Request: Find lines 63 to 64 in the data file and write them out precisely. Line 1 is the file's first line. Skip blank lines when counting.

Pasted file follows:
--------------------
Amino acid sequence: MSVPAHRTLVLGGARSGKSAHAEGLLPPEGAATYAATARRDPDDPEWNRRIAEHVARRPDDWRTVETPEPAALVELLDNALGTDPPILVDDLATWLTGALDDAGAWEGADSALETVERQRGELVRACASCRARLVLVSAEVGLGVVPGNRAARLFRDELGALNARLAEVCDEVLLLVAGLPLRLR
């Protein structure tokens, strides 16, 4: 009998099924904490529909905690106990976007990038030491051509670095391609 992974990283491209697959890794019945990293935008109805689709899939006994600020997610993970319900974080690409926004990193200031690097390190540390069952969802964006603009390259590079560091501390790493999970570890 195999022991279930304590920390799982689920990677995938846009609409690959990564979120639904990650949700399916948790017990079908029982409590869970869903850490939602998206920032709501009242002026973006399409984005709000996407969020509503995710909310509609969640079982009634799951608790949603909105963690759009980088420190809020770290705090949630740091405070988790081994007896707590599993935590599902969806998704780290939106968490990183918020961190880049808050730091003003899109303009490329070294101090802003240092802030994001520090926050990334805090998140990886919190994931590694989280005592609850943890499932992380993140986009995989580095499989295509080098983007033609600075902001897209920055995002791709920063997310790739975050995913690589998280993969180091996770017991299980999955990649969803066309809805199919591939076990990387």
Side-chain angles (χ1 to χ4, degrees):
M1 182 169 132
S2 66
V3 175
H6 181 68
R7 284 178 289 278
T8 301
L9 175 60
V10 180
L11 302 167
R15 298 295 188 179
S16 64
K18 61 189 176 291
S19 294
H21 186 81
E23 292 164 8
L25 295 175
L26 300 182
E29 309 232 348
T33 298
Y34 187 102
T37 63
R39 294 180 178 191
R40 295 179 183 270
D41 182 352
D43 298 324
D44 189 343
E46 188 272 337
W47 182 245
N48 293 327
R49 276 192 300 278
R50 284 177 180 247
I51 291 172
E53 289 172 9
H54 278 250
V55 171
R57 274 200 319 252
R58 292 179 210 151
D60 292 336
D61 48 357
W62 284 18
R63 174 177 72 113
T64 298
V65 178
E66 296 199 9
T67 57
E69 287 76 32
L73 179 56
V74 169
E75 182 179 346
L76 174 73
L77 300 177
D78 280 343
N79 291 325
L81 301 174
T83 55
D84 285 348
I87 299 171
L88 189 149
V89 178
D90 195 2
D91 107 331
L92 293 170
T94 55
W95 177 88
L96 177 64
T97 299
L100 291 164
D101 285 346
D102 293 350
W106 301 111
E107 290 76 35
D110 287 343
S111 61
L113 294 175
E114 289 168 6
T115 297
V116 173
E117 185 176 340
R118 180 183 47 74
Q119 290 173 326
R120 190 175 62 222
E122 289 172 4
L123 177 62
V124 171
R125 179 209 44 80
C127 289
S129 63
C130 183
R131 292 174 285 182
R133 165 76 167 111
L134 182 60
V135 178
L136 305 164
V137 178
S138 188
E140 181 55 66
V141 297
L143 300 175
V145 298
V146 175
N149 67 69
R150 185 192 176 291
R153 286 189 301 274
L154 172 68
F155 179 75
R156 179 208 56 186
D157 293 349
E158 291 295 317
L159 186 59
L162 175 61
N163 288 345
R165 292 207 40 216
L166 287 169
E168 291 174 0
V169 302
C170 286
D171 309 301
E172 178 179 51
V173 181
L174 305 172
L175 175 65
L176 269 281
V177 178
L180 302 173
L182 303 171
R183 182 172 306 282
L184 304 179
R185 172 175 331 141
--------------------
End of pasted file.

D90 195 2
D91 107 331